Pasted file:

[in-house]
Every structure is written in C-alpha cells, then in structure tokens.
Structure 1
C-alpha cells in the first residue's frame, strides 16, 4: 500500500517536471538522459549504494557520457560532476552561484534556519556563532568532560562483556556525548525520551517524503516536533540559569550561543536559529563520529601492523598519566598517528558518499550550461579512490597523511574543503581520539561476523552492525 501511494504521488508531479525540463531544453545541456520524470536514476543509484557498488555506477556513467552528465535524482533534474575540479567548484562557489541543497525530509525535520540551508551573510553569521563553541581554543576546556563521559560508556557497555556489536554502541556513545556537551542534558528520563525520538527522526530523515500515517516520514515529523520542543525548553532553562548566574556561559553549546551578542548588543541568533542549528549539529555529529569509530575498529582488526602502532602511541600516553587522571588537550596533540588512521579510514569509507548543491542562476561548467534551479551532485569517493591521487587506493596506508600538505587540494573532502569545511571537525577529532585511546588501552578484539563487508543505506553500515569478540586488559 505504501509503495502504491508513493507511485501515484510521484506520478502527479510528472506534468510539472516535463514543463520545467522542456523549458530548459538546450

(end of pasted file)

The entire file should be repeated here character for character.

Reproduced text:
[in-house]
Every structure is written in C-alpha cells, then in structure tokens.
Structure 1
C-alpha cells in the first residue's frame, strides 16, 4: 500500500517536471538522459549504494557520457560532476552561484534556519556563532568532560562483556556525548525520551517524503516536533540559569550561543536559529563520529601492523598519566598517528558518499550550461579512490597523511574543503581520539561476523552492525 501511494504521488508531479525540463531544453545541456520524470536514476543509484557498488555506477556513467552528465535524482533534474575540479567548484562557489541543497525530509525535520540551508551573510553569521563553541581554543576546556563521559560508556557497555556489536554502541556513545556537551542534558528520563525520538527522526530523515500515517516520514515529523520542543525548553532553562548566574556561559553549546551578542548588543541568533542549528549539529555529529569509530575498529582488526602502532602511541600516553587522571588537550596533540588512521579510514569509507548543491542562476561548467534551479551532485569517493591521487587506493596506508600538505587540494573532502569545511571537525577529532585511546588501552578484539563487508543505506553500515569478540586488559 505504501509503495502504491508513493507511485501515484510521484506520478502527479510528472506534468510539472516535463514543463520545467522542456523549458530548459538546450